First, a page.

NOAA Calls for Clear Skies

The National Oceanic and Atmospheric Administration sought to accelerate sluggish supercomputer performance. Using Linux, the weather research speeds are now scorching.

Say goodnight, Sun. See ya later, IBM. Maybe next time, HP. One of the fastest weather research supercomputers in the world runs Red Hat Linux 6.2.

The National Oceanic and Atmospheric Administration (NOAA) houses the Jet supercomputer in Boulder, Colo. It's a cluster of 280 Compaq 833 MHz Alpha workstations connected together. But, don't try this in your living room: The system takes up about 600 square feet of space and is costing three million dollars per year to buy and run.

With as many as 40 processors running mathematical codes at the same time, it can crank out a four- to 10-day weather forecast in six hours, says Leslie Hart, a computer specialist at the NOAA Forecast Systems Laboratory (FSL) in Boulder. The Linux supercomputer can spit out a short-term forecast—covering 24 to 36 hours—in as little as one hour using a high-resolution model known as the Weather Research and Forecast Model.

The system can run one-third of a trillion arithmetic computations per second, which is 20 times faster than what Forecast Systems Laboratory had previously achieved. By 2002, it will be able to process more than four teraflops of data or four trillion computations per second.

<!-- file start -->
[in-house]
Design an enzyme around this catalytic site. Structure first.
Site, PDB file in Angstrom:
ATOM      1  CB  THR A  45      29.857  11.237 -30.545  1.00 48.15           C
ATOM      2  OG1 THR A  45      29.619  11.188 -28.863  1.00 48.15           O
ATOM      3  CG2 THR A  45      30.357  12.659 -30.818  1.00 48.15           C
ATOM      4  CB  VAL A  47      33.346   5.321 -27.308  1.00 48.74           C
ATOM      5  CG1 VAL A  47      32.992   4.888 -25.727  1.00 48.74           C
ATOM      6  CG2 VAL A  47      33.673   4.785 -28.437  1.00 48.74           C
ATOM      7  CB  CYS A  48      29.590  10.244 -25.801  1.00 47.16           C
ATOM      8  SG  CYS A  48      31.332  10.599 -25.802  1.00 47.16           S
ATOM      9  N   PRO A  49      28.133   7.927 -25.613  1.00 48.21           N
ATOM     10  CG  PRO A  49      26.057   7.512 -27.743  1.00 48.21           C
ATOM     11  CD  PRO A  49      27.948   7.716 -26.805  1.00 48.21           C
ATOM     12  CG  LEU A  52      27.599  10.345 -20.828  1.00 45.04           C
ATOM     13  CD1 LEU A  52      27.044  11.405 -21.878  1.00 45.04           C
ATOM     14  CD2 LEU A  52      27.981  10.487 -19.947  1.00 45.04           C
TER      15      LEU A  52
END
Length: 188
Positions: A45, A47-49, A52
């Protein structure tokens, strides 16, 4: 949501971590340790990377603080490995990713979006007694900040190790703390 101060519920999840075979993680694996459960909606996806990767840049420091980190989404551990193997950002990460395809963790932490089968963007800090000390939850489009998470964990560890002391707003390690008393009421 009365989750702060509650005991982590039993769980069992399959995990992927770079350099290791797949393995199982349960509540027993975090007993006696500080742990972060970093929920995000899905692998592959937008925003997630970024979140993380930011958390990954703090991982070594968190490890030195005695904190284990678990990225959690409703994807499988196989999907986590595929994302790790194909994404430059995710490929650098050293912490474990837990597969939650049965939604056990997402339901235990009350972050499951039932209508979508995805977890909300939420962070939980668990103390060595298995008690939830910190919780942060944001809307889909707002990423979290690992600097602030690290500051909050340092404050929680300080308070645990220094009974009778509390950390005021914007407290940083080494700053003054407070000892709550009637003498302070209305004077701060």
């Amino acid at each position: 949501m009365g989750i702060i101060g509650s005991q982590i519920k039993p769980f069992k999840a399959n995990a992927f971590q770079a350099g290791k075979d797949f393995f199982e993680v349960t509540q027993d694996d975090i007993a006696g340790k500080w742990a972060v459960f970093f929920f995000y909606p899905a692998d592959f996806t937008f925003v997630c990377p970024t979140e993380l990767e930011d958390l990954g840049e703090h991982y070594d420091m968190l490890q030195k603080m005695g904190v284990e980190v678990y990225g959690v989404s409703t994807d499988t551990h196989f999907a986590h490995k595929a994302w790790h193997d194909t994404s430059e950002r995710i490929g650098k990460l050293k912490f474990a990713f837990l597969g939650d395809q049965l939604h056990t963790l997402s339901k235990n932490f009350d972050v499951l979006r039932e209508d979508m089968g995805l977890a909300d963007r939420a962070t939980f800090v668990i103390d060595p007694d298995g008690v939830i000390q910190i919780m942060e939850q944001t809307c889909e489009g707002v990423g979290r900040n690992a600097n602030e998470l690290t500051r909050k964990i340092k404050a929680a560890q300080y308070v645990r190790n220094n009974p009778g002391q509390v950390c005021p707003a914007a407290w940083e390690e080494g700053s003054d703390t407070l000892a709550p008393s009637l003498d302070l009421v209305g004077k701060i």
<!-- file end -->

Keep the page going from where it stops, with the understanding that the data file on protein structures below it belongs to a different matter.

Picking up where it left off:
Why a Supercomputer?
The Forecast Systems Laboratory in Boulder acts as a technology transfer labora-tory, as opposed to laboratories that have a purely operational or research function within NOAA, Hart says. They develop, procure and test technology that commercial vendors could then offer to a wider audience. NOAA is part of the Commerce Department.

NOAA researchers use the Jet supercomputer to improve on weather forecast models and to develop new ones. "Ocean and meteorological models require a tremendous amount of computing power," says A.E. "Sandy" MacDonald, director of the FSL. They get their weather prediction data from satellites and other data collection systems, which gathers weather data to the east, north, south and west of each given location. They use physics algorithms in their computational programs on the Jet supercomputer to make forecasts, with an array of meteorological -variables considered.

NOAA is also using the Jet supercomputers to run its North American Atmospheric Observing System, a program to design a next-generation upper-air observing system. Forecasters, after all, can make better predictions if they have better knowledge of current conditions. "Now, we can use the computer to tell us what the best design for the observing system of the future will be," MacDonald says.

The work that Hart and other researchers do is part of a real-life drama. When William M. Daley, then-Commerce Department secretary, announced the supercomputer acquisition, he predicted that it could save lives and property because it would help researchers improve forecasts of severe weather such as thunderstorms, tornadoes and winter storms.